2444. EBB to RB
As published in The Brownings’ Correspondence, 13, 91–93.
Tuesday morning [Postmark: 30 June 1846]
The gods & men call you by your name, but I never do—never dare. In case of invocation, tell me how you should be called by such as I? not to be always the “inexpressive He”  which I make of you. In case of courage for invocation!——
Dearest .. (which is a name too) read on the paper inside what I have been studying about Salerno since we parted yesterday.  Forsyth  is too severe in his deductions, perhaps, from the apothecaries, but your Naples-book  will not help me to contradict him, saying neither the one thing nor the other. The word we could not read in the letter yesterday, was La Cava  —& La Cava is a town on the way between Naples & Salerno, which Mrs Stark describes as “a large town with porticoes on each side of the High Street, like those at Bologna.”  To which the letter adds, remember, “enchantingly beautiful, very good air & no English!’[’] Then there is Vietri, mentioned by Forsyth, between La Cava & Salerno, & on the bay. It is as well to think of all three. Were you ever at either? Amalfi itself appears to be very habitable. Oh—and your Naples book says of Salerno, that it is illuminated by fireflies, & that the chanting of frogs covers the noises of the city.  You will like the frogs, if you dont the apothecaries, & I shall like the fireflies if I dont the frogs—but I do like frogs, you know, & it was quite a mistake of yours when you once thought otherwise. 
Now I am going out in the carriage, to call on Mr Kenyon, & perhaps to see Mr Boyd. Your flowers are more beautiful than they were yesterday if possible: & the fresh coolness helps them to live, so, that I hope you may see some of them on saturday when you come. On saturday!—— What a time to wait! If not for them, yet for me. Of the two, it is easier for them, certainly. They only miss a little dew & air.
I shall write again tonight,—but I cannot be more then than now, nor less ever than now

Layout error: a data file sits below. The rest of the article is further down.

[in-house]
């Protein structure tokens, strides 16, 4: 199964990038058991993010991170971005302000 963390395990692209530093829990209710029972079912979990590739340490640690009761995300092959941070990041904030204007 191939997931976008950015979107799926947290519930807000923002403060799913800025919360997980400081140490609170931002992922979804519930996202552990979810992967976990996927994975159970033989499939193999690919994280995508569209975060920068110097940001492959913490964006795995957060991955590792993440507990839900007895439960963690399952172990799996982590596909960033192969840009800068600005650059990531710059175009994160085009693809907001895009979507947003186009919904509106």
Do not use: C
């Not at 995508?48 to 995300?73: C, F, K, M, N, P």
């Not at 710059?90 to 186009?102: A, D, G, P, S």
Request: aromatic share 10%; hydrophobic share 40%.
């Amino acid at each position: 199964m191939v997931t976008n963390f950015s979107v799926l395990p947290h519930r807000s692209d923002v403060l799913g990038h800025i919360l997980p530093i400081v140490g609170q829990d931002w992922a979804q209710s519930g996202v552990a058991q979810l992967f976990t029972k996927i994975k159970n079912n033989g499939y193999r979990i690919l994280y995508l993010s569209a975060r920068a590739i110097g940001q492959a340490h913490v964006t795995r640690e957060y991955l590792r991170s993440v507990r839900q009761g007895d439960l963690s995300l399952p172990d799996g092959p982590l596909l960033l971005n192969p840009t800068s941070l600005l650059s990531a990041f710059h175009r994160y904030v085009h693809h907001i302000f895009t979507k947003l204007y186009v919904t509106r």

Here is a coincidence. Hardly had you left me, when passing near the table at the end of the room, I saw a parcel there. Remember your question about the ‘Year of the World’.  Precisely that! With a note, the counterpart of yours—desiring an opinion!——
May God bless you, dear, dear!– Did I ever think I should live to thank God that I did not die five years ago?– Not that I quite, quite dare to do it yet. I must be sure first of something.
Which is not your love, my beloved—it is a something still dearer & of more consequence.
[Enclosure, in EBB’s hand]
Though placed between the beauties of sea & land, of cultivated & rude nature, the city is so unhealthy that its richer inhabitants remove to Vietri during the hot months. In proof of its bad air, I remarked here a number of apothecaries!—
Its white houses curving round the haven at the water’s brink, the mountains crowding close behind the city, the ruins of its Gothic castle on the olive-covered hill above, together mirrored in the waveless water, itself alternate shine & shadow—’tis a noble sight–
The view from Salerno is one of the loveliest pictures in Italy.—— A clear-complexioned, open-eyed, & bright faced city is modern Salerno, .. & its streets & piazza were all astir—
Letters from Naples. 
This town .. the approach to which is enchanting … boasts a tolerably good inn!!——
Mrs Starke– 
Address: Robert Browning Esqre / New Cross / Hatcham / Surrey.
Postmark: PD 8NT JU30 1846 C.
Docket, in RB’s hand: 209.
Publication: RB-EBB, pp. 823–825.
Manuscript: Wellesley College.
1. Cf. As You Like It, III, 2, 10.
2. EBB copied extracts from several books on travels in Italy, which she enclosed with this letter, as given above.
3. John Forsyth was the author of Remarks on Antiquities, Arts, and Letters During an Excursion in Italy in the Years 1802 and 1803 (1813).
4. Notes on Naples and Its Environs (1838) by a Traveller. A copy of this volume inscribed “Robert Browning, with the best regards of B.W. Procter” sold as lot 956 in Browning Collections (see Reconstruction, A1759).
5. EBB is referring to SD1255.
6. Travels on the Continent (1820) by Mariana Starke, p. 481.
7. Notes on Naples, p. 277.
8. See letter 2156, in which EBB responded to RB’s anecdote from Ælianus about a frog by saying “I think I like frogs too.”
9. William Bell Scott (1811–90), poet, artist, and critic, and later associated with the Pre-Raphaelite movement, had just published The Year of the World. He presented an inscribed copy to EBB and one to RB, both of which sold as part of Browning Collections, the latter as part of lot 1063 (see Reconstruction, A2053 and A2054).
10. Remarks on Antiquities, p. 338.
11. Notes on Naples, pp. 275–278.
12. Travels on the Continent, pp. 481–482.